obtaining a permit to keep restricted species!

jonah h2o

Candiru
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Aug 2, 2016
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how to apply for permit https://nrm.dfg.ca.gov/FileHandler.ashx?DocumentID=28869&inline

- fee information https://www.wildlife.ca.gov/Licensing/Restricted-Species

if anyone has a fish thats on the list that they just can't live without this will tell you how to apply for a permit and what is required if you keep the fish, heres are the basic things it says:

1. 113$ renewal and a 58$ amendment
2. inspection fees are based on number of enclosures 1-5 enclosures is a 234$ inspection fee and so on
3. enclosures (tanks) must be inspected 2x every year
4. Permits expire one year from the date that the permit is issued.

hope this helps and if their is already another thread on this sorry. maybe it will provide updated info?
 

Yuki Rihwa

Redtail Catfish
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Jan 22, 2015
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Asian aro isn't restricted.. It's banned.. Only way to get one is being a researcher or public aquarium, those permits cost more than most regular fish keepers could afford
One of the LFS near me got a 2 foots long Red Tail Golden Arowana swimming in 8x3x3 foot tank and marked NOT FOR SALE, I don't know how these permit work :)
 

Fat Homer

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how to apply for permit https://nrm.dfg.ca.gov/FileHandler.ashx?DocumentID=28869&inline

- fee information https://www.wildlife.ca.gov/Licensing/Restricted-Species

if anyone has a fish thats on the list that they just can't live without this will tell you how to apply for a permit and what is required if you keep the fish, heres are the basic things it says:

1. 113$ renewal and a 58$ amendment
2. inspection fees are based on number of enclosures 1-5 enclosures is a 234$ inspection fee and so on
3. enclosures (tanks) must be inspected 2x every year
4. Permits expire one year from the date that the permit is issued.

hope this helps and if their is already another thread on this sorry. maybe it will provide updated info?
Did you by any chance read through all the requirements??? The reason i ask is, just cause the permit fee might not be overly expensive, the requirements are CRAZY...

1 - You basically MUST have a closed circuit system, meaning no parasites / pathogens etc can get out your tank into the wild...

2 - They will do site visits at least twice a year (that you pay for)...

3 - you need to provide a written plan of what you will do if the fish somehow gets put of your tank into the wild etc...

Pretty sure people in the past have asked and thought about this, but the end consensus was basically that it will always be more hassle than it was worth, and chances you still wont get the permit...

Although i think Oddball Oddball did get one of these before for his facility if im not mistaken???
 

kendragon

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Fat Homer you are totally correct...more hassle than what its worth. Years ago I looked into a permit for a UV manufacturer. At the time, we were doing research on freshwater stingrays. After speaking with dfg they basically said it will never get approved. Definitely won't get approved for a hobbyist.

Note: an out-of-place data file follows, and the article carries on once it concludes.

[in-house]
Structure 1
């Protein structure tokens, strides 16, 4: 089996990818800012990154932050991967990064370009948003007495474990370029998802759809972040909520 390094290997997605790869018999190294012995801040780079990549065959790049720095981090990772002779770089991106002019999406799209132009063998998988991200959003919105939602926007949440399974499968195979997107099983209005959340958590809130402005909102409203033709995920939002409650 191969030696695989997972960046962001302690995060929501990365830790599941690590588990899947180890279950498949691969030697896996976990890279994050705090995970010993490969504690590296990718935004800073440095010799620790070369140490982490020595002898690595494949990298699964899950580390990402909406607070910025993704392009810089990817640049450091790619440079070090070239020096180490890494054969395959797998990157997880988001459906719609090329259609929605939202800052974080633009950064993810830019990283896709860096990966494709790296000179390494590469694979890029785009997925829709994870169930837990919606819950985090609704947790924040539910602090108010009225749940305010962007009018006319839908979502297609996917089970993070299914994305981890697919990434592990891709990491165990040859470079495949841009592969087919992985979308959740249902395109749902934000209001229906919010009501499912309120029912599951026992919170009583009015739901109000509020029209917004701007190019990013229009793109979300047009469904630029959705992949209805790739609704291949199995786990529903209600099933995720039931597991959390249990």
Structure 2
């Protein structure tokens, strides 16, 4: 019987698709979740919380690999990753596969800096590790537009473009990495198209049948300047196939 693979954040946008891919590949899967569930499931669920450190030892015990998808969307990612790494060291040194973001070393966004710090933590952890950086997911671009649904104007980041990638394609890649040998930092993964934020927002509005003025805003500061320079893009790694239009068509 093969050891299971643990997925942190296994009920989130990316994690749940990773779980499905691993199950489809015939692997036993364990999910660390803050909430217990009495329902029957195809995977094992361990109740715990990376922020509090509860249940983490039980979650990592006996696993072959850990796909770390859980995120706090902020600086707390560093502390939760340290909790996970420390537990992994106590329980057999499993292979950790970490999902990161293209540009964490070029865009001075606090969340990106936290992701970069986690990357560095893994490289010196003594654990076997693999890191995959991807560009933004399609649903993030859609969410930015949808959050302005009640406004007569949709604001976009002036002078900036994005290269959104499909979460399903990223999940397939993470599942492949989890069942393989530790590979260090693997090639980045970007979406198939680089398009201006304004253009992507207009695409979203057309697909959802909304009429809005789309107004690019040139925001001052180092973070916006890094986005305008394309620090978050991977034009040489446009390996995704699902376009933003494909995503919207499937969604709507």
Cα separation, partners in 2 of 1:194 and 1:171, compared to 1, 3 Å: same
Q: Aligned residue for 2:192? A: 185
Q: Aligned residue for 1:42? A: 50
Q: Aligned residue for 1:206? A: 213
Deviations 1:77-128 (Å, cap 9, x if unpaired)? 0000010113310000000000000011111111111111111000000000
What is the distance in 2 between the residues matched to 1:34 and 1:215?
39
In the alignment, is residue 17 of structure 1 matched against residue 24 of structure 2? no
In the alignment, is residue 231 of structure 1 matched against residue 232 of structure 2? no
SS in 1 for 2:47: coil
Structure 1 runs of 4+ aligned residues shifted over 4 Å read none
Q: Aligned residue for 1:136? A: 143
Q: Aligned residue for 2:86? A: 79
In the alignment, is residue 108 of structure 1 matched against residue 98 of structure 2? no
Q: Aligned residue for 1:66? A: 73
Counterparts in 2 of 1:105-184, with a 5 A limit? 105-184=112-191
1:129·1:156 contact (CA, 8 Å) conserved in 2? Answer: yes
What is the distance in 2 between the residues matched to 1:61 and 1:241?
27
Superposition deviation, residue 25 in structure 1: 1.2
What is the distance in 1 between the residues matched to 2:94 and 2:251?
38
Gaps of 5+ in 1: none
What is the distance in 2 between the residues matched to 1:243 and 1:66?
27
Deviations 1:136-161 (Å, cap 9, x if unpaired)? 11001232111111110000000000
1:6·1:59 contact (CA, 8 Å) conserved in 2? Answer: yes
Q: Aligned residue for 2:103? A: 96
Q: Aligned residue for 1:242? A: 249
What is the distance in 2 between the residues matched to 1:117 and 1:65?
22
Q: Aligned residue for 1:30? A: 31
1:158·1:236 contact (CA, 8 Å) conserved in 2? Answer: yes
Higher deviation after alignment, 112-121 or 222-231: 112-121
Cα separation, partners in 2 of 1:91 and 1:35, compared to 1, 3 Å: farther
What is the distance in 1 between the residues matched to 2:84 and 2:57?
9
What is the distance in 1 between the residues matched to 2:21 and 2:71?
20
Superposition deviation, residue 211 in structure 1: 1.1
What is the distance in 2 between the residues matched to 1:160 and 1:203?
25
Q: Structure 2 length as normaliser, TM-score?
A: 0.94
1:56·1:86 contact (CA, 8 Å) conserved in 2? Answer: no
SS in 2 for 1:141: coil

Fat Homer

Mmmmm... Doughnuts
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One of the LFS near me got a 2 foots long Red Tail Golden Arowana swimming in 8x3x3 foot tank and marked NOT FOR SALE, I don't know how these permit work :)
If you live in Asia like myself, then chances are you can legally import chipped & certified Asian Arowana from breeding farms...
 

jonah h2o

Candiru
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Aug 2, 2016
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san diego California
it doesn't seem to awful, but again I said if its a fish that you can't live without or have to have. I bet people would go through it to keep rays. some of the restrictions are ridiculous
though. I don't get how rays could possibly be invasive, they're sensitive. what sucks is that the water really doesn't get warm enough for many of those fish to live long term and cause a problem.
 

Fat Homer

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it doesn't seem to awful, but again I said if its a fish that you can't live without or have to have. I bet people would go through it to keep rays. some of the restrictions are ridiculous
though. I don't get how rays could possibly be invasive, they're sensitive. what sucks is that the water really doesn't get warm enough for many of those fish to live long term and cause a problem.
^ just the closed circuit system will kill any regular hobbyists chances, coz that means when doing a water change etc, you must guarantee NO parasites / pathogens from the tank containing said fish can get out into public waterways... so no direct draining tank into drains or gardens etc...

And unless you can prove to the AFD that your system is 100% capable of doing that, then chances are its still a no go for the permit...
 

M@T!@$

Aimara
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Feb 23, 2016
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it doesn't seem to awful, but again I said if its a fish that you can't live without or have to have. I bet people would go through it to keep rays. some of the restrictions are ridiculous
though. I don't get how rays could possibly be invasive, they're sensitive. what sucks is that the water really doesn't get warm enough for many of those fish to live long term and cause a problem.
Learned this in science... If you introduce a non native species to a new water system, there may be no natural predators, hence they over populate and become invasive.
 
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